According to a consistent application of Hovind's faulty reasoning, if each translation supposedly has to be 10% different from the previous one, than after ten translations, the tenth translation should be 100% different from the first one. Especially after the claimed 150 translations, each one should be expected to be completely or 100% different than the KJV, which is simply not true.
Kent Hovind's claims about this do not hold up to close examination.
Mr Hovind musta been bored while in jail.
I was curious what Kent Hovind would say next.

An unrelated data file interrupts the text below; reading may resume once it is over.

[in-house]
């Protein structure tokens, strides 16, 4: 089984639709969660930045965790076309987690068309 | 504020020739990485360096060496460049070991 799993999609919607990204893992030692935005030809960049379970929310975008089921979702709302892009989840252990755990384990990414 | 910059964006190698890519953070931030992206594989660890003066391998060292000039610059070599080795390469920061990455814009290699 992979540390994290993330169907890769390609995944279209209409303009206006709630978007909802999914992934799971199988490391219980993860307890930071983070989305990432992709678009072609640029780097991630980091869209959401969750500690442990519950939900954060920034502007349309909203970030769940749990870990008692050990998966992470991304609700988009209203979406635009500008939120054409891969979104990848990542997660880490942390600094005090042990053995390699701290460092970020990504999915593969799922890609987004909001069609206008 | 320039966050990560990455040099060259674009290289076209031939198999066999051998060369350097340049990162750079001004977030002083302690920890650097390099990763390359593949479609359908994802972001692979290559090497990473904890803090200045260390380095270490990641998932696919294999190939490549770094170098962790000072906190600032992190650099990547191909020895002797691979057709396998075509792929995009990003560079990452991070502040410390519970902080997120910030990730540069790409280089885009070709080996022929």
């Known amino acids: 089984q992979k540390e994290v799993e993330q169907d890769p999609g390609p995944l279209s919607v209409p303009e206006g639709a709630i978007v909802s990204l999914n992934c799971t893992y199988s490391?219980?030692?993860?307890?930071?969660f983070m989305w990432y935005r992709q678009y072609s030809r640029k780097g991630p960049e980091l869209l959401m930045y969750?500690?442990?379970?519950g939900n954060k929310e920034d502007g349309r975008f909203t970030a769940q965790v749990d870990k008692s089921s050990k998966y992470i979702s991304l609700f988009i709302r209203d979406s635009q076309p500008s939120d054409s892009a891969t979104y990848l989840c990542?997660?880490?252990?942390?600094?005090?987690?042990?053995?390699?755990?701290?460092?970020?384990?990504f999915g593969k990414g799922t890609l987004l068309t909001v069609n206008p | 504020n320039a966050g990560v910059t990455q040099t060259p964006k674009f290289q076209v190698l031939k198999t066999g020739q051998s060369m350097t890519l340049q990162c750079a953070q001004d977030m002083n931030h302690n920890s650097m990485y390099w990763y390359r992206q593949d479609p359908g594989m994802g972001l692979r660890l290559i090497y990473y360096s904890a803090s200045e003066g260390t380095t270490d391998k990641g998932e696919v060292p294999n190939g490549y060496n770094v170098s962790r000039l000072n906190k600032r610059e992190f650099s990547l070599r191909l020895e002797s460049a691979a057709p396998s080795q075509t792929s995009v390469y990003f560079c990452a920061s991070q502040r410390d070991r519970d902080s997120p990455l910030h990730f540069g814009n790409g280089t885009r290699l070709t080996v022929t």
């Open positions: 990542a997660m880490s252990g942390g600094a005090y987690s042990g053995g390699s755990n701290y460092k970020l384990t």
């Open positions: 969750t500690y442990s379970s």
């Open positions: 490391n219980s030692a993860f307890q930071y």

He had just made comments about there being several generations of copies of the Scriptures when (about 5:00 into the video) he begins to talk about the accuracy of the copying process: "A good way to check that copying process and see was it accurate is after each of these, you know, the French ones, German ones, English ones, Chinese ones each goes five generations now let's get the 5th generation and see how accurate they are. And that's what happened in the 1500 and 1600s."
Wow. Where do you begin to unravel this inaccuracy? First, checking copies against other copies would not be a good way to check accuracy. The best way to check accuracy is to check the copies against the exemplar. Unfortunately, lacking the known exemplar then copies must be compared to other copies but this takes a great deal of effort and reduces the certitude of accuracy.